White Center Now Home to Largest Array of Residential Solar Panels in the State

by Sarah Fox

White Center’s Greenbridge Community is living up to its name.  Work is underway on the rooftops of Greenbridge’s Sixth Place Apartments to install 213 solar photovoltaic panels.  With the completion of the solar panel array, Greenbridge housing will begin capturing clean and renewable “green” energy for White Center families. The community is leading the rest of the state across the “bridge” to a clean energy future: this solar panel array will be the largest residential solar panel installation in Washington State.

I stopped by Greenbridge recently to check out the new solar panel array, and I had to wonder: with grey skies like these, is solar power really feasible?

Solar power and the Pacific Northwest may seem incongruous, but as it turns out, those rooftop panels will produce energy even on our notorious overcast days.  According to the Clean Energy Technology Center at Shoreline Community College, “photovoltaic modules will produce electricity year round even in the diffuse light of a cloudy climate.”  While it may not be enough energy to keep every appliance running and all the lights burning at the same time, solar panels do produce reliable quantities of energy, enough to take a big chunk out of the power bill.  Its estimated that when the solar panel array at Greenbridge goes online this coming summer, they’ll produce a whopping 52,558 kilowatt hours of electricity per year.   Excess power not used in Greenbridge homes will go back into the power grid, saving Greenbridge residents even more money on the energy bill.  The new panels aren’t the first in Greenbridge: the Jim Wiley Community Center is already equipped with its own solar panel array.

Even though the new array has yet to begin producing power, the community is already realizing benefits from the project. King County Housing Authority (KCHA) Director of Communications Rhonda Rosenberg cites a national study by the Econsult Corporation, which concluded that every construction dollar spent in a public housing project “generates $2.12 in economic activity through wages, purchases of goods and services, and consumer spending by workers.”  The solar panel installation in Greeenbridge is currently creating four jobs.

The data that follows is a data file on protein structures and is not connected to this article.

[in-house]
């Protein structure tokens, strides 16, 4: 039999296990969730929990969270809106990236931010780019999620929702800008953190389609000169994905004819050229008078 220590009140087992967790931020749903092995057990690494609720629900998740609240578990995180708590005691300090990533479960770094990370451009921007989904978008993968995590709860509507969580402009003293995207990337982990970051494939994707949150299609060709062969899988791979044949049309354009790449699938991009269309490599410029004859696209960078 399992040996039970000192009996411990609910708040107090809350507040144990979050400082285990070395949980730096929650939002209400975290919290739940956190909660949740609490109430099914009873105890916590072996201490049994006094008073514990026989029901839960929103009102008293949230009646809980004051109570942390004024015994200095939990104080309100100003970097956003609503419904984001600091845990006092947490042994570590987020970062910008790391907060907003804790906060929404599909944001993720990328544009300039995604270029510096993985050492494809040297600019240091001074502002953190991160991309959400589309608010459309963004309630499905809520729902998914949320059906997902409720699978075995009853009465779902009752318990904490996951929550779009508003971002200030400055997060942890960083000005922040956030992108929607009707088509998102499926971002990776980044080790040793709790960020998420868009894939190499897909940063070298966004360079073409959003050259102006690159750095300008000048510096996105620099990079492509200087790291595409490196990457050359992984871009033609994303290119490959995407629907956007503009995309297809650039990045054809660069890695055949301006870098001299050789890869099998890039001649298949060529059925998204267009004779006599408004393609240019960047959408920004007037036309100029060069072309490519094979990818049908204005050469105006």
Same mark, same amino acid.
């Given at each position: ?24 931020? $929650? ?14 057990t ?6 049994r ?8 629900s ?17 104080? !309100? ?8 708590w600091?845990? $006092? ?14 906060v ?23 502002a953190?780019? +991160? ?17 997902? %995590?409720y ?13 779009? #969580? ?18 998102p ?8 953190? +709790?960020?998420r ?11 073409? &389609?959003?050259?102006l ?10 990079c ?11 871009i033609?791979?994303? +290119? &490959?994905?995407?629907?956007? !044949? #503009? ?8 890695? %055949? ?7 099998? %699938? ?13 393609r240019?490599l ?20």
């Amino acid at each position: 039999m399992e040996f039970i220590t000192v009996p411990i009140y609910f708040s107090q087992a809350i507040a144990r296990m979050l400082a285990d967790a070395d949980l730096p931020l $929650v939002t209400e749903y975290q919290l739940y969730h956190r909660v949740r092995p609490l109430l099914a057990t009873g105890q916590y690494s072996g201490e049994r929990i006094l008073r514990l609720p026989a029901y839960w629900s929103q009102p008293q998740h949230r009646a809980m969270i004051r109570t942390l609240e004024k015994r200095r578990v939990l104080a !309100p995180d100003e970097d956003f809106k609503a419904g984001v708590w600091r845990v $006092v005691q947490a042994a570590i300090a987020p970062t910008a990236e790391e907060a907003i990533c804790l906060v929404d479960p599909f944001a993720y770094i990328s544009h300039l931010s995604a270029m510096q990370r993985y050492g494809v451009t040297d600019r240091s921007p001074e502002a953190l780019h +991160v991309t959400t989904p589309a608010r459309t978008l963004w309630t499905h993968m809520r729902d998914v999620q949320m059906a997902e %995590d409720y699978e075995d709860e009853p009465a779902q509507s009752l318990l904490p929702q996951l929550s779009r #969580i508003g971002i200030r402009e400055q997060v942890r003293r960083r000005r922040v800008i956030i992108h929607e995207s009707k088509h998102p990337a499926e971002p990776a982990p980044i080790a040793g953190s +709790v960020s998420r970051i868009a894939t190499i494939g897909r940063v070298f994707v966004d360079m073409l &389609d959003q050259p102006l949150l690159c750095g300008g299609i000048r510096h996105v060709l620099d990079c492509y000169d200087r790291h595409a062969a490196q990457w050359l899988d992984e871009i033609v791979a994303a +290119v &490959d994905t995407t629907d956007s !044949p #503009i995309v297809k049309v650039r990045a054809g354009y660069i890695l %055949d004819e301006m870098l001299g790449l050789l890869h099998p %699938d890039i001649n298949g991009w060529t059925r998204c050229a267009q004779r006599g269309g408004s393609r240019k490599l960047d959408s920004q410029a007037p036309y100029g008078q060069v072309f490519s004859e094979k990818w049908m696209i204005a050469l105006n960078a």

Photo credit Bill Wright Photography

The Sixth Place Apartments solar panel array will cost $500,000.00 from start to finish.  $125.000.00 of that total is paid for by federal solar tax credits, and the $375,000.00 balance is being paid for by American Recovery and Reinvestment Act Funds.   A & R Solar is installing the panels, overseen by Walsh Construction.  The rooftop system was designed by GGLO Architects, Glumac Engineers, and Michael Nouwens Structural Consultants.

“The entire region benefits when we produce power from a clean, renewable source,” notes KCHA Executive Director Stephen Norman.   “ Solar power helps offset the cost of providing electricity and reduces the taxpayer’s bill on an ongoing basis.”   Norman points to the solar panel installation as an indicator of the KCHA’s “continued progress towards a more cost-efficient and sustainable future for public housing.”

Rhonda Rosenberg notes the entire Greenbridge project has been certified “Three-Star Built Green™ by the Master Builders of King and Snohomish Counties.” She lists a few of the other sustainability innovations included in Greenbridge homes: “walls, roofs and windows insulated to standards significantly beyond code requirements,” “the use of ENERGY STAR lighting” on both the interiors and exteriors of the buildings, as well as “solar powered attic fans [to] keep the units cooler during the summer months by venting hot air from the attic spaces,” and “light tubes [to] minimize the need to use electric lighting during daylight hours.”  Greenbridge was clearly designed with the future in mind; other innovations include “biofiltration swales to clean surface water runoff and narrower road widths to help calm traffic and reduce impervious surface area.”  Even the landscaping is sustainable: native plant gardens designed to thrive in the northwest reduce the need for watering and maintenance.

White Center residents should take pride; homes in our zipcode are some of the greenest in the state, and community planners elsewhere will surely look here for inspiration as they attempt to re-imagine how their neighborhoods can sustain themselves in the future.


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